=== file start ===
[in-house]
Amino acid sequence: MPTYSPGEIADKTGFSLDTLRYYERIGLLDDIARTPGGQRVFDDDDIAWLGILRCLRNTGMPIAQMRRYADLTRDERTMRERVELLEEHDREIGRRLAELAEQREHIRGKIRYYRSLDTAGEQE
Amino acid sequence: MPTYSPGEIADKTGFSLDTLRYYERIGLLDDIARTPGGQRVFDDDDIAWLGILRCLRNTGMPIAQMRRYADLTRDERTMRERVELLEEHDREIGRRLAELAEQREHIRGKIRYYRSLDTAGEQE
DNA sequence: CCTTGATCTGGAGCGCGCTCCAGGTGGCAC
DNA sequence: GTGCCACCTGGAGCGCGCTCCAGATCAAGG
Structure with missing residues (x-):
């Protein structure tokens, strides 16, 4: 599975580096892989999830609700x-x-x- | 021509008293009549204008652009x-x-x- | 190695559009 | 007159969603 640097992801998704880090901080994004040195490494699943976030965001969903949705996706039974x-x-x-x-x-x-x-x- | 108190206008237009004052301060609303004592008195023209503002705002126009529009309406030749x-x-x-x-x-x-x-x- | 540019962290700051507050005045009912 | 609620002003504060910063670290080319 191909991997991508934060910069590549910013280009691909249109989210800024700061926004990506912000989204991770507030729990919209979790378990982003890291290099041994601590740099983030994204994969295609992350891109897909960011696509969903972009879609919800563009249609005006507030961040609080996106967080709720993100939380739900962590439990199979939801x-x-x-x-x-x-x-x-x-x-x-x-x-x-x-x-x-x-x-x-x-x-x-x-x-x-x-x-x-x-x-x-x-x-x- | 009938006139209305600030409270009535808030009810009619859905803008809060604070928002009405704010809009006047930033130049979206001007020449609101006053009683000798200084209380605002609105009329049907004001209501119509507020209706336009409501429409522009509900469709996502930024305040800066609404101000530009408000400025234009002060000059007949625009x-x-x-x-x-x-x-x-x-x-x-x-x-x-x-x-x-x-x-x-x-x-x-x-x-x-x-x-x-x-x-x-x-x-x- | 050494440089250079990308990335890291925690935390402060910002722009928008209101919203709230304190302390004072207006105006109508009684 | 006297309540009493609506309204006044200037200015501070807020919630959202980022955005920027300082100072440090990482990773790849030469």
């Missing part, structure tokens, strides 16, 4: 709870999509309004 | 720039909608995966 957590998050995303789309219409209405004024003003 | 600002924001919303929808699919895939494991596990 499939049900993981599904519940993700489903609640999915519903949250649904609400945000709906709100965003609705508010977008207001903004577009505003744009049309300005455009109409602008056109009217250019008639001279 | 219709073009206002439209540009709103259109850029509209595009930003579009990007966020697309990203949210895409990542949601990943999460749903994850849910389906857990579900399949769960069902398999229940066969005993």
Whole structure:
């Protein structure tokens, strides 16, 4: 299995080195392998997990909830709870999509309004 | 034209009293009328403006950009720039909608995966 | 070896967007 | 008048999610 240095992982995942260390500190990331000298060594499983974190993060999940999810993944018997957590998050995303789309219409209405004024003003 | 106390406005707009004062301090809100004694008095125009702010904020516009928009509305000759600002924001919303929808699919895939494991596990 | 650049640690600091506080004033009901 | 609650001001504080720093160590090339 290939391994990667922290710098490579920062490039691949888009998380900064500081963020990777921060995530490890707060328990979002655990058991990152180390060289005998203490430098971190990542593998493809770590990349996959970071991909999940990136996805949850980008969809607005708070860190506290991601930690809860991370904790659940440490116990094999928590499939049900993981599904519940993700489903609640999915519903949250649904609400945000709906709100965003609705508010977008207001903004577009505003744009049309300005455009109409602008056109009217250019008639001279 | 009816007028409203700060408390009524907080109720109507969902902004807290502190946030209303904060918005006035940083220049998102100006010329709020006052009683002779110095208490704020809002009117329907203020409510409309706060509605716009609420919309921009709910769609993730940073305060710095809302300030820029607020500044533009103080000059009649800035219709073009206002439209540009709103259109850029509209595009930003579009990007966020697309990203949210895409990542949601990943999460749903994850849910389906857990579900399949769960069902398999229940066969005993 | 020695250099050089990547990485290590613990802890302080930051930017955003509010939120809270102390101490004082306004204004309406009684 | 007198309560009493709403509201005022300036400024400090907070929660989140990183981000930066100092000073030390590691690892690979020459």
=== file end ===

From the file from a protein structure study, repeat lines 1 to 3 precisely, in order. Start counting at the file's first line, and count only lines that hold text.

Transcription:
[in-house]
Amino acid sequence: MPTYSPGEIADKTGFSLDTLRYYERIGLLDDIARTPGGQRVFDDDDIAWLGILRCLRNTGMPIAQMRRYADLTRDERTMRERVELLEEHDREIGRRLAELAEQREHIRGKIRYYRSLDTAGEQE
Amino acid sequence: MPTYSPGEIADKTGFSLDTLRYYERIGLLDDIARTPGGQRVFDDDDIAWLGILRCLRNTGMPIAQMRRYADLTRDERTMRERVELLEEHDREIGRRLAELAEQREHIRGKIRYYRSLDTAGEQE